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Matthias Schickhofer

The Healing Power Of Nature

After a breakdown, prize-winning political journalist Isabel Hardman found that nature can help heal the scars of mental trauma.

By Chris Cummins

Isabel Hardman, the assistant editor of the political magazine The Spectator, was the youngest ever winner of the British political journalist of the year award. Then a year later, aged 30 and while covering the Tory party conference, she had a mental breakdown. It saw her reduced from being a master wordsmith to “a gibbering wreck” and ultimately being sedated in a hotel room and compelled to take a long spell of sick leave.

The breakdown didn’t come out of the blue. She was diagnosed with post-traumatic stress disorder (PTSD) following what she calls “a serious trauma in my past”. She had tried, as many people do, to bury this emotional wound in work which had allowed the wound to fester until it had totally overpowered her.

Portrait of Isabel Hardman

Atlantic Books

Her long recovery involved prescriptions for the usual drugs and talking therapy, but also an intense rekindling of her relationship with the natural word. She had mentioned to a therapist that her happiest childhood memories were of tending her own plot in the family garden. Following her psychiatrist’s advice, she started to re-engage with what she continually calls “the great outdoors” as a path back to health.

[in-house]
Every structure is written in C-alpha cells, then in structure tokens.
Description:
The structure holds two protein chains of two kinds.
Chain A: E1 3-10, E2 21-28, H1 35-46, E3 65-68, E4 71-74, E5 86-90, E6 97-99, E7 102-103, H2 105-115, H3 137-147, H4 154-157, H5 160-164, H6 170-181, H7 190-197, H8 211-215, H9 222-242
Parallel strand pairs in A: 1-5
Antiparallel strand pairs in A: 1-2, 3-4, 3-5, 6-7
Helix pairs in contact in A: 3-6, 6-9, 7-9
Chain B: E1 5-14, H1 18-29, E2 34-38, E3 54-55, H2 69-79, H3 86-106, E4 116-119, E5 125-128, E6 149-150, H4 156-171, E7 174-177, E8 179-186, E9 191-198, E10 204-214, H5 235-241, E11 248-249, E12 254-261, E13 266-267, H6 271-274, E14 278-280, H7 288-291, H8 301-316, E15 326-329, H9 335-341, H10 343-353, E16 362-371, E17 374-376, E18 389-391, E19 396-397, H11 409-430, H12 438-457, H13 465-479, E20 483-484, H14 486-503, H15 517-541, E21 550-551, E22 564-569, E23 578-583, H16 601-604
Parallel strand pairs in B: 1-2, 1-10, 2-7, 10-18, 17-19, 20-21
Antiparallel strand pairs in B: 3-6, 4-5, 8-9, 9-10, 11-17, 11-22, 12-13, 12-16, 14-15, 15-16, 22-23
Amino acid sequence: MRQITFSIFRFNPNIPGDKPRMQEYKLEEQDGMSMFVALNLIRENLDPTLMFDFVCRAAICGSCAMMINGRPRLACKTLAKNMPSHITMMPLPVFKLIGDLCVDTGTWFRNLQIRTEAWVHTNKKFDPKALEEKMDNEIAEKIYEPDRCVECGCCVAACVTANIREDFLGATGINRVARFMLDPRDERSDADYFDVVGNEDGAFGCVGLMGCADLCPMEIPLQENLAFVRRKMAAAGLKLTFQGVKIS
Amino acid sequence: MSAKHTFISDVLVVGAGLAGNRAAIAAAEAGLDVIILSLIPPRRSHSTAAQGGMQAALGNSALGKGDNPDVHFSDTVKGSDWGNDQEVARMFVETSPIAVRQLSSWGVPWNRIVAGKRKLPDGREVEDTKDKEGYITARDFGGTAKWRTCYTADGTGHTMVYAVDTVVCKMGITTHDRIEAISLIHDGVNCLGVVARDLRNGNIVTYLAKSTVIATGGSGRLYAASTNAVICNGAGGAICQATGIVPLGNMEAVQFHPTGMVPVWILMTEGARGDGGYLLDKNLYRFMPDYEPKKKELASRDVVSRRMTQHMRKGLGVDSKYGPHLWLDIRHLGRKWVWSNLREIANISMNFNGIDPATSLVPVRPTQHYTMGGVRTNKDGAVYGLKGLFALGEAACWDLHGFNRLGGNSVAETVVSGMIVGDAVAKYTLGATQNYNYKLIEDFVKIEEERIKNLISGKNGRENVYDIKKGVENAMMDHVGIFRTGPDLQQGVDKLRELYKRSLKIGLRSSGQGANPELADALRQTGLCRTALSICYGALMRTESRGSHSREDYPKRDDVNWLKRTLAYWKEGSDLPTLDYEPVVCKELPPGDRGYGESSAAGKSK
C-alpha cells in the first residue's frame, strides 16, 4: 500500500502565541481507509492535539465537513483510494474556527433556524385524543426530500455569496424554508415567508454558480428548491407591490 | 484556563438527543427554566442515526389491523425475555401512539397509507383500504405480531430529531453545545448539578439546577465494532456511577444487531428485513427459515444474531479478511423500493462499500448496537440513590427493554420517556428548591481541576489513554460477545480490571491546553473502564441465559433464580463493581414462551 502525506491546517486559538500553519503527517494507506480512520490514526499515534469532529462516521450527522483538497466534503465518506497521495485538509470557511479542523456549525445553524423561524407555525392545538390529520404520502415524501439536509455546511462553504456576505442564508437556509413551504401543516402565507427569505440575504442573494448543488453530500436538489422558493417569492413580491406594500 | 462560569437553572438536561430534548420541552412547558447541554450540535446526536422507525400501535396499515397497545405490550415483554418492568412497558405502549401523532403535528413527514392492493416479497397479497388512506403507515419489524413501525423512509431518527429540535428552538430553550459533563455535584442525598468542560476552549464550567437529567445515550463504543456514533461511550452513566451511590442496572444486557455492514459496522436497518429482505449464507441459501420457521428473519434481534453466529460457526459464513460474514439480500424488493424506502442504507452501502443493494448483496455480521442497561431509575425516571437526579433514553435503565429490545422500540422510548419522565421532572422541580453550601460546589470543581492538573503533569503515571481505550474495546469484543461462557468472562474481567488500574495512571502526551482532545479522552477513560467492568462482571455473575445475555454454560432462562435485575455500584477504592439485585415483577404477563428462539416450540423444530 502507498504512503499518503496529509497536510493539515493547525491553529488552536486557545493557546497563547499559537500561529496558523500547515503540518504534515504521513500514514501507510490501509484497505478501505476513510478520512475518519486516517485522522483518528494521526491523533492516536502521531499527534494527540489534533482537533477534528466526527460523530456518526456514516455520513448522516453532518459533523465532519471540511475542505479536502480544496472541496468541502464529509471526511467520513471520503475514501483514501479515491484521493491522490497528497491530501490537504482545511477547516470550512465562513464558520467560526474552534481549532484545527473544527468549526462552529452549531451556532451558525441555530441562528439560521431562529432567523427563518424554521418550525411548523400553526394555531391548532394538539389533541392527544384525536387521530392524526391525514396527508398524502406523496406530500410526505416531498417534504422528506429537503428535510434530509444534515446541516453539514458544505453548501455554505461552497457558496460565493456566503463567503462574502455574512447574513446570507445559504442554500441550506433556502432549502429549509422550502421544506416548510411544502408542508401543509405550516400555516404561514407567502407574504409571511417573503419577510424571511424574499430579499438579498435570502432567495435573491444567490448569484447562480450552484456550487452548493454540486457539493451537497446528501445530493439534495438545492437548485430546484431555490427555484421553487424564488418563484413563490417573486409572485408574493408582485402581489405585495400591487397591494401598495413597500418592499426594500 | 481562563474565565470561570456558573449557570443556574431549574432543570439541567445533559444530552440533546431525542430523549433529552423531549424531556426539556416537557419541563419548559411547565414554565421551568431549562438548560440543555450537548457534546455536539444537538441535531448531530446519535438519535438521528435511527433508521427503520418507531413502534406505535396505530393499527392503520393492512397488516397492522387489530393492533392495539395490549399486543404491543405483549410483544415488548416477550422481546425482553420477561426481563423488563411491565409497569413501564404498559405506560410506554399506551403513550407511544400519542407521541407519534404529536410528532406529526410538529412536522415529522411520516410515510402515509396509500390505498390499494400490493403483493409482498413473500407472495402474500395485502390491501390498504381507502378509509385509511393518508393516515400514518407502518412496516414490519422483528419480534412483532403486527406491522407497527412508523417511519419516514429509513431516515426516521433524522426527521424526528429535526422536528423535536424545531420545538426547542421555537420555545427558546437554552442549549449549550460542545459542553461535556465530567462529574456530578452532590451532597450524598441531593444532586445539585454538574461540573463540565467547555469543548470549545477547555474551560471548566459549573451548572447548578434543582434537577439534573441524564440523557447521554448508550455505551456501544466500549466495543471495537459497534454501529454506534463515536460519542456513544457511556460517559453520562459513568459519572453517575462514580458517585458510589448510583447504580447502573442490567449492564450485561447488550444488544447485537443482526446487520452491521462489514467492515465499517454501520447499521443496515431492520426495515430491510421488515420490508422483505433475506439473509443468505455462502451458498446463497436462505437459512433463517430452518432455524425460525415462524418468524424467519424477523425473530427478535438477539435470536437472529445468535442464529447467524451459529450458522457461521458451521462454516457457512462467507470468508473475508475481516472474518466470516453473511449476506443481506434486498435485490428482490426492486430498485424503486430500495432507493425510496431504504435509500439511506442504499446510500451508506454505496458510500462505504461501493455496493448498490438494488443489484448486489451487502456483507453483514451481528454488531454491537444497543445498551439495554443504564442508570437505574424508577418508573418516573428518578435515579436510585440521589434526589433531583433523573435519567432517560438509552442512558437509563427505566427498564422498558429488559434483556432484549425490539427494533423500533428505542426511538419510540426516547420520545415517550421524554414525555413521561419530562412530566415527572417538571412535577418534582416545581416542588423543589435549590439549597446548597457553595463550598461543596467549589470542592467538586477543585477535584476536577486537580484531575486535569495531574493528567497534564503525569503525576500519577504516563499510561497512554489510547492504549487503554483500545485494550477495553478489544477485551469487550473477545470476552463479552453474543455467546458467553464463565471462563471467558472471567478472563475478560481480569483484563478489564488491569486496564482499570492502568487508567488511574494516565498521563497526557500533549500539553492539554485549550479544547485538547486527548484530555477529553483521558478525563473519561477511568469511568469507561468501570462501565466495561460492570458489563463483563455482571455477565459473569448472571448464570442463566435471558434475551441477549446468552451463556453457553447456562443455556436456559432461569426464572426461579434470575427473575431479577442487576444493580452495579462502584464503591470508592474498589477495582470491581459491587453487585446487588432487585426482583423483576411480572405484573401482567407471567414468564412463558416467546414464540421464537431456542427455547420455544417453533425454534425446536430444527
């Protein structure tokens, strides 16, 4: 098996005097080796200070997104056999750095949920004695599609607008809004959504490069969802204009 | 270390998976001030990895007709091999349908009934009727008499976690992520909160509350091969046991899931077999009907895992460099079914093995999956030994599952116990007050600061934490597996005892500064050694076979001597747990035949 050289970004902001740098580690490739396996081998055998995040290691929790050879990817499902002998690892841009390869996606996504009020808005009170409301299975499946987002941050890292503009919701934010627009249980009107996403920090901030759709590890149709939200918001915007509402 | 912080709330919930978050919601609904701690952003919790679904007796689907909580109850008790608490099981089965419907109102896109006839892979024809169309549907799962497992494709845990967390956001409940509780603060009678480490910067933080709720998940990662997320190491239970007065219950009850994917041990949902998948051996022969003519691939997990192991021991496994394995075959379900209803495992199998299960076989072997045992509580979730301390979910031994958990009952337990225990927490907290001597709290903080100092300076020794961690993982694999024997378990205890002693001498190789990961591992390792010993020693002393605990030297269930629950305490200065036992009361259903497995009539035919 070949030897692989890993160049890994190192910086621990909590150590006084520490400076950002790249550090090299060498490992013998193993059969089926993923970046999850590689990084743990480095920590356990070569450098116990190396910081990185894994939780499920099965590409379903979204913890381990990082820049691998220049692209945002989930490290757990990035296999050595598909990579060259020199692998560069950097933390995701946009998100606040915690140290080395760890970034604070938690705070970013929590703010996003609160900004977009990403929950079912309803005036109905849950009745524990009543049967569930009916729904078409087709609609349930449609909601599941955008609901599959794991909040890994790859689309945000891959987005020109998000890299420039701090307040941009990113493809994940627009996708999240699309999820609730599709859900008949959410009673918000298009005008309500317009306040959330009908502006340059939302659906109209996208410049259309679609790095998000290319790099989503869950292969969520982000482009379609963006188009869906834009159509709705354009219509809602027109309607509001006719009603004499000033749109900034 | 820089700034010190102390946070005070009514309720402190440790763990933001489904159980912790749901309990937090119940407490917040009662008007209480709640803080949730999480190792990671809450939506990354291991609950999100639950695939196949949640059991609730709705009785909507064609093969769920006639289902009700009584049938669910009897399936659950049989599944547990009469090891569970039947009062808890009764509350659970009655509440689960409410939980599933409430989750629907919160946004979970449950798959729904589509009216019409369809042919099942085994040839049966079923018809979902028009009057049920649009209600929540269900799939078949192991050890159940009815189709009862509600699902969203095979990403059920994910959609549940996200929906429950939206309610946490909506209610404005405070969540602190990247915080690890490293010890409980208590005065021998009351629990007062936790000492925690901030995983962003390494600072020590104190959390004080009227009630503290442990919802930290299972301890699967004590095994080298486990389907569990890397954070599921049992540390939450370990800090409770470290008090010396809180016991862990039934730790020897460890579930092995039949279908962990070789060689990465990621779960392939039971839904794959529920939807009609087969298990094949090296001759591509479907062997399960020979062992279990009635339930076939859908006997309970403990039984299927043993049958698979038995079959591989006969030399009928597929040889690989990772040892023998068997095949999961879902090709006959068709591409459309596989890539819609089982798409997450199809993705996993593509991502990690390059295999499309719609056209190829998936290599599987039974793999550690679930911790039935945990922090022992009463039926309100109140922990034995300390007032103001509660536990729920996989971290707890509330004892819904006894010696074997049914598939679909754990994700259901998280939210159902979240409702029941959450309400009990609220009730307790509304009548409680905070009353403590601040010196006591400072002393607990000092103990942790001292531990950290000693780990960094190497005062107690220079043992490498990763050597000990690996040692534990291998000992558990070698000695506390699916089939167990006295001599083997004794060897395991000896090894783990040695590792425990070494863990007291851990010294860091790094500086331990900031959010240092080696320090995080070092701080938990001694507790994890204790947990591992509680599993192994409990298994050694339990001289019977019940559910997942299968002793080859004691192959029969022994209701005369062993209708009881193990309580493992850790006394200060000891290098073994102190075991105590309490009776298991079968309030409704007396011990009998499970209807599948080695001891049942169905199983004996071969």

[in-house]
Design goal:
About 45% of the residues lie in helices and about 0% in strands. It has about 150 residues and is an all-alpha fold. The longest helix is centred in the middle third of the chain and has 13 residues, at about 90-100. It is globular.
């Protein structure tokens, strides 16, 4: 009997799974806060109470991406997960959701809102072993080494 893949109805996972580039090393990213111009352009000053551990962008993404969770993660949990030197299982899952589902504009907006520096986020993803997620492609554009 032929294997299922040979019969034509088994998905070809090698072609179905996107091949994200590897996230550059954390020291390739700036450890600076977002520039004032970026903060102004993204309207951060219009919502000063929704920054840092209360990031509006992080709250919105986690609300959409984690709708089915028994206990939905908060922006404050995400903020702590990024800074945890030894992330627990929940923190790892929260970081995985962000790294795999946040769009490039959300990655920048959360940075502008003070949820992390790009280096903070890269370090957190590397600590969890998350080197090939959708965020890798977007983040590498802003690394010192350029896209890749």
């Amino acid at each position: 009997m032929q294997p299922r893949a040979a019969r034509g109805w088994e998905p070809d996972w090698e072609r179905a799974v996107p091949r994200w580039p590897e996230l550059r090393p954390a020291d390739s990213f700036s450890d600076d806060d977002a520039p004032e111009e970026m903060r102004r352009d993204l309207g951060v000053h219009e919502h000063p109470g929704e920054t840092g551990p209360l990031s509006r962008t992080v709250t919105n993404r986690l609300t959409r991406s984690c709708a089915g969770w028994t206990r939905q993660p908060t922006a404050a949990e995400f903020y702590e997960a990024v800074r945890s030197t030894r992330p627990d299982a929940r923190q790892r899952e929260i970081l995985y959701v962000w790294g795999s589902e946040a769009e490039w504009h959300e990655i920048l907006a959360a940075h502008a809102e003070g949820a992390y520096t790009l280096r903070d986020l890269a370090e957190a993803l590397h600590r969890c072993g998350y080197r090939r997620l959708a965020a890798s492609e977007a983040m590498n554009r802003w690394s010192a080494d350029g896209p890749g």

Cover of the book The Natural Health Service

Atlantic Books

A Wild Pill

The result is her book “The Natural Health Service”, an engaging and wide-ranging study on the natural world’s positive impact on mental health.

She has narrated the audiobook version herself, so I listened to it in two massive gulps, one while riding my bike steadily along the traffic-free path along the Danube and the other while walking through the Vienna Woods. Each time I felt a bit naughty, because the key message of the book is to shut down those addictive electronic devices and just listen to nature. Still, I learned a lot; and as much about my own attitudes to mental health as about nature.

Over the course of the book, we follow Hardman tracking down rare orchids, trying out birding, examining the culture of allotment keeping, running and hiking; all the while tracking these activities’ impact on her own mental health and on the many fascinating characters she meets along the way.

Confronting „Madness“